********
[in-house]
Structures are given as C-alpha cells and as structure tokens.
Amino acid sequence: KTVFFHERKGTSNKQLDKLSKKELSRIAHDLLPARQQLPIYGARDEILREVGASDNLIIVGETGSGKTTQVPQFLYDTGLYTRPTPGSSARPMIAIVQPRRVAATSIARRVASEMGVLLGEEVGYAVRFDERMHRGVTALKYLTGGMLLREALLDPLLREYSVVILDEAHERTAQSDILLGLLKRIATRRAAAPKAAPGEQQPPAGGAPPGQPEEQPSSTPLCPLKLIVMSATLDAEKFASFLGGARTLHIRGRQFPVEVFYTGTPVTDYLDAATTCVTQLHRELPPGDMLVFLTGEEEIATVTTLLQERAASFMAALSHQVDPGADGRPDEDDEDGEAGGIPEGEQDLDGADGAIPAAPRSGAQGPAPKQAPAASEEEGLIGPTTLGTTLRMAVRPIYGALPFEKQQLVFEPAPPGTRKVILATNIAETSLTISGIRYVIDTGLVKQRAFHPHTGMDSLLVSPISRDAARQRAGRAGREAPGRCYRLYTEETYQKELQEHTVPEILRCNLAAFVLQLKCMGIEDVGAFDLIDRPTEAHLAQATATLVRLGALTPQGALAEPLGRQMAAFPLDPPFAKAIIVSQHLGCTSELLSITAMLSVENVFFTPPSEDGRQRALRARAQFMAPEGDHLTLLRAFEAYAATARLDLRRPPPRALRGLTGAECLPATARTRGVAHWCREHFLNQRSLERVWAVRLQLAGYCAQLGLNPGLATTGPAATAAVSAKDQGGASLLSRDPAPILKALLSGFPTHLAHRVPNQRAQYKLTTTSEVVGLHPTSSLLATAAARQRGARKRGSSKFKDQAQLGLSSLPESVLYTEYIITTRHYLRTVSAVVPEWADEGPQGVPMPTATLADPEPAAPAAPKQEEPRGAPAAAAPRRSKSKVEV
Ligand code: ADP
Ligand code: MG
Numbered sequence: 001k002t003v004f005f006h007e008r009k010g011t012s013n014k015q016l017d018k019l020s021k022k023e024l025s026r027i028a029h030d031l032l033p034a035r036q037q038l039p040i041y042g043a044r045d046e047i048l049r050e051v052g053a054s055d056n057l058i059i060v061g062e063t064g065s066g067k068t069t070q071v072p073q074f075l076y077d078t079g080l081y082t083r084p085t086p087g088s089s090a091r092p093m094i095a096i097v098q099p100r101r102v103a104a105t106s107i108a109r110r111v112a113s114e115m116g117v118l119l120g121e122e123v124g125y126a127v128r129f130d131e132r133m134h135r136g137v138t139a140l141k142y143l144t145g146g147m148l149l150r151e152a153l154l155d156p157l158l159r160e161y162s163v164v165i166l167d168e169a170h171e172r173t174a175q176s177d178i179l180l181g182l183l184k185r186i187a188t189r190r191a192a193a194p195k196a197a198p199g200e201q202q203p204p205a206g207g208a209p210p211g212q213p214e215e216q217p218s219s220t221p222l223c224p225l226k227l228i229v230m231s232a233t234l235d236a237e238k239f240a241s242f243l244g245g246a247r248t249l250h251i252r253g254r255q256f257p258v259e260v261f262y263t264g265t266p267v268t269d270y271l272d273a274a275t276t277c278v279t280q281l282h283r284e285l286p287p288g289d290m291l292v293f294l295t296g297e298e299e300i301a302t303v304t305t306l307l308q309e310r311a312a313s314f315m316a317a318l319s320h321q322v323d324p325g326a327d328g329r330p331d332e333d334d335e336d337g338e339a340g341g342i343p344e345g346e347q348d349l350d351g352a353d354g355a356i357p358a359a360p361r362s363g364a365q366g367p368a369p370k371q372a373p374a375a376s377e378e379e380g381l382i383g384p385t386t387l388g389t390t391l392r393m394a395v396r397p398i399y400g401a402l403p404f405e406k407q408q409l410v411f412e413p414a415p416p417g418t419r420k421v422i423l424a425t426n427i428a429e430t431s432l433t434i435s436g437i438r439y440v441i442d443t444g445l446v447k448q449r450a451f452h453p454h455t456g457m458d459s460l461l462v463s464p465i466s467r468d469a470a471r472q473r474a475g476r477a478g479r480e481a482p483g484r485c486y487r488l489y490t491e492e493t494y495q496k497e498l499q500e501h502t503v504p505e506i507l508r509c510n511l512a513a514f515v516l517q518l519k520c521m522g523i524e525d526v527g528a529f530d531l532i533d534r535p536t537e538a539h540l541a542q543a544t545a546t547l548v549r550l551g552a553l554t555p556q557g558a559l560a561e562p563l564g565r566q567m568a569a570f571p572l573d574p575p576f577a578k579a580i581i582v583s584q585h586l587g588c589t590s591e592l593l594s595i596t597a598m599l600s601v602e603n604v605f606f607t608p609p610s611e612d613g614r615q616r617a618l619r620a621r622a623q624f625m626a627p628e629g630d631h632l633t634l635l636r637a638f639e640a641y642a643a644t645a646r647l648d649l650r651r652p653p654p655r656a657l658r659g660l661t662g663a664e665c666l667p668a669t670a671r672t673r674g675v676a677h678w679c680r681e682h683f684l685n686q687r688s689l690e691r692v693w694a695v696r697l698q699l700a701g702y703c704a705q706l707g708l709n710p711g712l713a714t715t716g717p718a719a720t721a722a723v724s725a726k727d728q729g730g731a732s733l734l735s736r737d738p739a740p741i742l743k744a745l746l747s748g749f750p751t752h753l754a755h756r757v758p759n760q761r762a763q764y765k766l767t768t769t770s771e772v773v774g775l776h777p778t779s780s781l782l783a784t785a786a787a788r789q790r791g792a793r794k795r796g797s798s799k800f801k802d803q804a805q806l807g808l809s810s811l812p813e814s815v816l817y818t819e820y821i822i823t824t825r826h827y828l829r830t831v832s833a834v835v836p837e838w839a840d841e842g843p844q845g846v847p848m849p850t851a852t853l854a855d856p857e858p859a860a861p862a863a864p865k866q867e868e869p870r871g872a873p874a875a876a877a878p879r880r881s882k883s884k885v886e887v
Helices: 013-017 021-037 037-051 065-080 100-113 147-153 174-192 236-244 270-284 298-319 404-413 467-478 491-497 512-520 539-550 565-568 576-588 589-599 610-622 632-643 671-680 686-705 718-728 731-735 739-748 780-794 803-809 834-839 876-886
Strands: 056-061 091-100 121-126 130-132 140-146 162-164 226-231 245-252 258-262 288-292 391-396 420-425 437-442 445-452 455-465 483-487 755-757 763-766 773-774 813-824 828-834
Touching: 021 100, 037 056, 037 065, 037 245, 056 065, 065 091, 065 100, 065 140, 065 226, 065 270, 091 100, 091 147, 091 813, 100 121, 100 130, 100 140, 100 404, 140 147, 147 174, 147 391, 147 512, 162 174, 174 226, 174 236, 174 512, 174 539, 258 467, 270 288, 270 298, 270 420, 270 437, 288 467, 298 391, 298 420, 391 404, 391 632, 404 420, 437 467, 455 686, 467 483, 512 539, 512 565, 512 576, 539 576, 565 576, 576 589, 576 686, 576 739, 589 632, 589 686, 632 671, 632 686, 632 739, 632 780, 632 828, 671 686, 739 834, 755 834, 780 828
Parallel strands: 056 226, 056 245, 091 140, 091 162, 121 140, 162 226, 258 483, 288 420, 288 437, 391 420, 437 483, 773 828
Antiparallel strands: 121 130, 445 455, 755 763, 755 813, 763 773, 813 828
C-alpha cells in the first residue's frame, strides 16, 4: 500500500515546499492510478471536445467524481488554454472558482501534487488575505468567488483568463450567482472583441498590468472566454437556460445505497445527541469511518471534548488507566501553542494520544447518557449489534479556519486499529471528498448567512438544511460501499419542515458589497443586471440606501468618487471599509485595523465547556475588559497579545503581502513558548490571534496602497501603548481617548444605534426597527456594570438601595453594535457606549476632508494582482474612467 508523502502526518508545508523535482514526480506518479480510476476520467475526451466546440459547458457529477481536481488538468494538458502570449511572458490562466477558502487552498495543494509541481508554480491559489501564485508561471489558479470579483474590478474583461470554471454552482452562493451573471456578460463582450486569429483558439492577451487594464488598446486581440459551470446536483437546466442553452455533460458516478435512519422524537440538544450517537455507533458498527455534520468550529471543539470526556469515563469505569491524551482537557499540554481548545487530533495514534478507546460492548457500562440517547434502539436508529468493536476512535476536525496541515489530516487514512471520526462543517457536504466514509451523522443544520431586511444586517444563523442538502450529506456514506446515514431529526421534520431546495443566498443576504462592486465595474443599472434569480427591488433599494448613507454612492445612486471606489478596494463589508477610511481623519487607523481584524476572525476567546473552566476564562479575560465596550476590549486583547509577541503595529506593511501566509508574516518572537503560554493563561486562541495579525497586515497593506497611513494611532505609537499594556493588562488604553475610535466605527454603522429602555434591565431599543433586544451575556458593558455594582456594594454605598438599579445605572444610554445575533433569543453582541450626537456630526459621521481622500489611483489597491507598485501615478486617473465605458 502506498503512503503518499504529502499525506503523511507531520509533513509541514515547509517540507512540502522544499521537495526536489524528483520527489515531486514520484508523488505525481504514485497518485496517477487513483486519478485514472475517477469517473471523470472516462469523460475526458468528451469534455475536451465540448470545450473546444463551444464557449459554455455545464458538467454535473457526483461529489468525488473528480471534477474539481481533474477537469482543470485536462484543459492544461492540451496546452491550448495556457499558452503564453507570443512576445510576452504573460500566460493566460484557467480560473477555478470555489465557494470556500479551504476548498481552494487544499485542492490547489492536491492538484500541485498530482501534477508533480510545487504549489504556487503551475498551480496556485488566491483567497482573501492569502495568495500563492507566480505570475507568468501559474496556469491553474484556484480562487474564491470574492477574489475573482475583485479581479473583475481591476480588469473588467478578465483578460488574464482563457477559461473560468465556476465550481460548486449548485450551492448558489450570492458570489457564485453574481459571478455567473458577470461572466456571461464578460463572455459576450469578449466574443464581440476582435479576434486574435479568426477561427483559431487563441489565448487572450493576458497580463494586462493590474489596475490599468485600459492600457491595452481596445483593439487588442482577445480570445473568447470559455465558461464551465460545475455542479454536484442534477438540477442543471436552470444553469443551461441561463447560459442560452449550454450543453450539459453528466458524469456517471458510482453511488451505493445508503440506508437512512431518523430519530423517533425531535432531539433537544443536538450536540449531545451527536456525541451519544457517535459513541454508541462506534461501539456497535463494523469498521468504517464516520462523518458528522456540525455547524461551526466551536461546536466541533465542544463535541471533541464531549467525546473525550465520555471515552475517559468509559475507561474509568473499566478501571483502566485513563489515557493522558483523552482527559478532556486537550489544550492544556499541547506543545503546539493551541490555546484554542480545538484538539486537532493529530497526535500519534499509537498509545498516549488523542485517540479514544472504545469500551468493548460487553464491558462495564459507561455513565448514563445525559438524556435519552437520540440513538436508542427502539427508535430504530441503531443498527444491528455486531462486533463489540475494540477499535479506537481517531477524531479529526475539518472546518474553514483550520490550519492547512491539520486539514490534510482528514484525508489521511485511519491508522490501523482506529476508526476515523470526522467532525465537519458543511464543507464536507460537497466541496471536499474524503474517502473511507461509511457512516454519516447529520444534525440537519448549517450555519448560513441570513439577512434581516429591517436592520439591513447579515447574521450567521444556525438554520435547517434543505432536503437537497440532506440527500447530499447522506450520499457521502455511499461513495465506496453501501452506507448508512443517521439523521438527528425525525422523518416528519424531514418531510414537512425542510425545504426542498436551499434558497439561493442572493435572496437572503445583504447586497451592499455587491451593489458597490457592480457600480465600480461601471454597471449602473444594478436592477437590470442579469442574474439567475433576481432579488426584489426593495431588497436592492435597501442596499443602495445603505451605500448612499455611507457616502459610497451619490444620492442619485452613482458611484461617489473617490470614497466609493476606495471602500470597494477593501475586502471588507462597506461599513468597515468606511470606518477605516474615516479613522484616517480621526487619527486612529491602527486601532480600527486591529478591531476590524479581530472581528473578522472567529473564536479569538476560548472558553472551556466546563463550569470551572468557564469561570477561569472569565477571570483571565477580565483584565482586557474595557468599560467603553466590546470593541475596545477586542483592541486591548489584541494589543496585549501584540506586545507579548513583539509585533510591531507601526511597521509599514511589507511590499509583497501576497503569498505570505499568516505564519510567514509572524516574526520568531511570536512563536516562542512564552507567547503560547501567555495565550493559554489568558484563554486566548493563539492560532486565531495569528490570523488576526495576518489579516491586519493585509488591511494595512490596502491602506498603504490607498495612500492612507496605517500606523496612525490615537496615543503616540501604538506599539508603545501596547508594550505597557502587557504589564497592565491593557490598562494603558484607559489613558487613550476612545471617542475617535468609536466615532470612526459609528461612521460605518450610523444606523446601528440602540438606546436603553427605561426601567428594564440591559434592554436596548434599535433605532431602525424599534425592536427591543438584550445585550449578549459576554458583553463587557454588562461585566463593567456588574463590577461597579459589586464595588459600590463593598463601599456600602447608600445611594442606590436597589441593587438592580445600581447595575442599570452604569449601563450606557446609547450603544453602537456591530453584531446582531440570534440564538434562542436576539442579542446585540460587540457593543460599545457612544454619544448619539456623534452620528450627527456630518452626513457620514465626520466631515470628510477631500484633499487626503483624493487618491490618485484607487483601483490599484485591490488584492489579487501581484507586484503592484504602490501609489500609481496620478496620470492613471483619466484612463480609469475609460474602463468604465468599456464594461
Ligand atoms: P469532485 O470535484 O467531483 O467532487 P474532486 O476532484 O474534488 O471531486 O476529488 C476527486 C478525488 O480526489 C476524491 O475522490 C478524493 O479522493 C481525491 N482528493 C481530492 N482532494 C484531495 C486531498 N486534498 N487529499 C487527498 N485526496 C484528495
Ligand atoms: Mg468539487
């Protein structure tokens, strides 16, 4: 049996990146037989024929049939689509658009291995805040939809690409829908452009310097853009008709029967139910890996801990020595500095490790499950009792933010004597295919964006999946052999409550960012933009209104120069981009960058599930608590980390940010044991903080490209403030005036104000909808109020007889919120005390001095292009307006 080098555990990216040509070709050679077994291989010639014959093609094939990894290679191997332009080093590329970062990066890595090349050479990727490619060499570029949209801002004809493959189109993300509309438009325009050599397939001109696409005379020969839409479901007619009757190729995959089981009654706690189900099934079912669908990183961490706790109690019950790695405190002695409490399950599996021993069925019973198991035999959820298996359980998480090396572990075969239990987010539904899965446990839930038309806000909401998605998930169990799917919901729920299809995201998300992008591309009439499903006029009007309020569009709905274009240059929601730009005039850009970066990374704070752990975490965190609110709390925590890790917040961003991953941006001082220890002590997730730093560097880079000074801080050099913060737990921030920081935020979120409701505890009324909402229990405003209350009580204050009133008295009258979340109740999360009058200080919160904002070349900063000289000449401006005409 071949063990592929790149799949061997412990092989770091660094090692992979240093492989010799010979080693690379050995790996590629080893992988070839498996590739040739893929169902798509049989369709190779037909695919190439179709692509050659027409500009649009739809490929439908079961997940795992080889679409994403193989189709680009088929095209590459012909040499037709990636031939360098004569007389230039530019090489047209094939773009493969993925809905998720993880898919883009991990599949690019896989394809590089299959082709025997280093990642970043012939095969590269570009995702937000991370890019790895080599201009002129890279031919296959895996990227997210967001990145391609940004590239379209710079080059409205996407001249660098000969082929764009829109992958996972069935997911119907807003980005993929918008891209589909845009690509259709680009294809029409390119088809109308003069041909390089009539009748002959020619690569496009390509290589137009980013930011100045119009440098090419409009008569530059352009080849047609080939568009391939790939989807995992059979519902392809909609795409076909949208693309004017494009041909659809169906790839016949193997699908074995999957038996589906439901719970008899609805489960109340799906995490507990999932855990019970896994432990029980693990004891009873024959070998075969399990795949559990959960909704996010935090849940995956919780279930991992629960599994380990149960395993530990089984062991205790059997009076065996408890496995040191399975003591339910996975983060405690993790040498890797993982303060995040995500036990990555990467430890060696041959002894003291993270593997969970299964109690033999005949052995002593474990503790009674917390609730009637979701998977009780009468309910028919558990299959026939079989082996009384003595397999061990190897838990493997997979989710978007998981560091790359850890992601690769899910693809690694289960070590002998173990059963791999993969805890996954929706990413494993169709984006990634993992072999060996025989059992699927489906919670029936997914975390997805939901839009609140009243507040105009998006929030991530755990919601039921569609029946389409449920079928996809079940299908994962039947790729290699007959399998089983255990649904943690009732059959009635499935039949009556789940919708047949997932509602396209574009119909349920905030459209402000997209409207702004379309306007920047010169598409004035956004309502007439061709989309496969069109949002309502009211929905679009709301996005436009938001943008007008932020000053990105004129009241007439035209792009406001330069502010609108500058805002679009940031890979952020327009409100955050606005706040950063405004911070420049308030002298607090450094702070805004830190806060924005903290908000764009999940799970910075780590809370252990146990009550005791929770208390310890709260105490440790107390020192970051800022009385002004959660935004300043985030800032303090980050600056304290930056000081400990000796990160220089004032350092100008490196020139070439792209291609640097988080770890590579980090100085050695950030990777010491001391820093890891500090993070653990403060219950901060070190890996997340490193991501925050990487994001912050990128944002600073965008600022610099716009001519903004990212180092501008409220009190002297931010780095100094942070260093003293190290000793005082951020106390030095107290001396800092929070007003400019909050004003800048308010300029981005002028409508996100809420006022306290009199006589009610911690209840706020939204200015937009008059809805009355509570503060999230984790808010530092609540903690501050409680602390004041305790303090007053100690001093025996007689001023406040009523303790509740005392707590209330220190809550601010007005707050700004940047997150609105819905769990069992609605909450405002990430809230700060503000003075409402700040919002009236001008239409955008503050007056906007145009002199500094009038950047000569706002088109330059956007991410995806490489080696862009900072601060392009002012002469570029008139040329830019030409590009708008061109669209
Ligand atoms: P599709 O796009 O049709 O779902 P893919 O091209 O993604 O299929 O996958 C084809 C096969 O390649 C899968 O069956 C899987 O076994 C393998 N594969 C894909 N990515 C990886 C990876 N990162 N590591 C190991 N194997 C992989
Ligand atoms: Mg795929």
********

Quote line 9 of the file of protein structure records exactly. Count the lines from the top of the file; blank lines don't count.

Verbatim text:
Touching: 021 100, 037 056, 037 065, 037 245, 056 065, 065 091, 065 100, 065 140, 065 226, 065 270, 091 100, 091 147, 091 813, 100 121, 100 130, 100 140, 100 404, 140 147, 147 174, 147 391, 147 512, 162 174, 174 226, 174 236, 174 512, 174 539, 258 467, 270 288, 270 298, 270 420, 270 437, 288 467, 298 391, 298 420, 391 404, 391 632, 404 420, 437 467, 455 686, 467 483, 512 539, 512 565, 512 576, 539 576, 565 576, 576 589, 576 686, 576 739, 589 632, 589 686, 632 671, 632 686, 632 739, 632 780, 632 828, 671 686, 739 834, 755 834, 780 828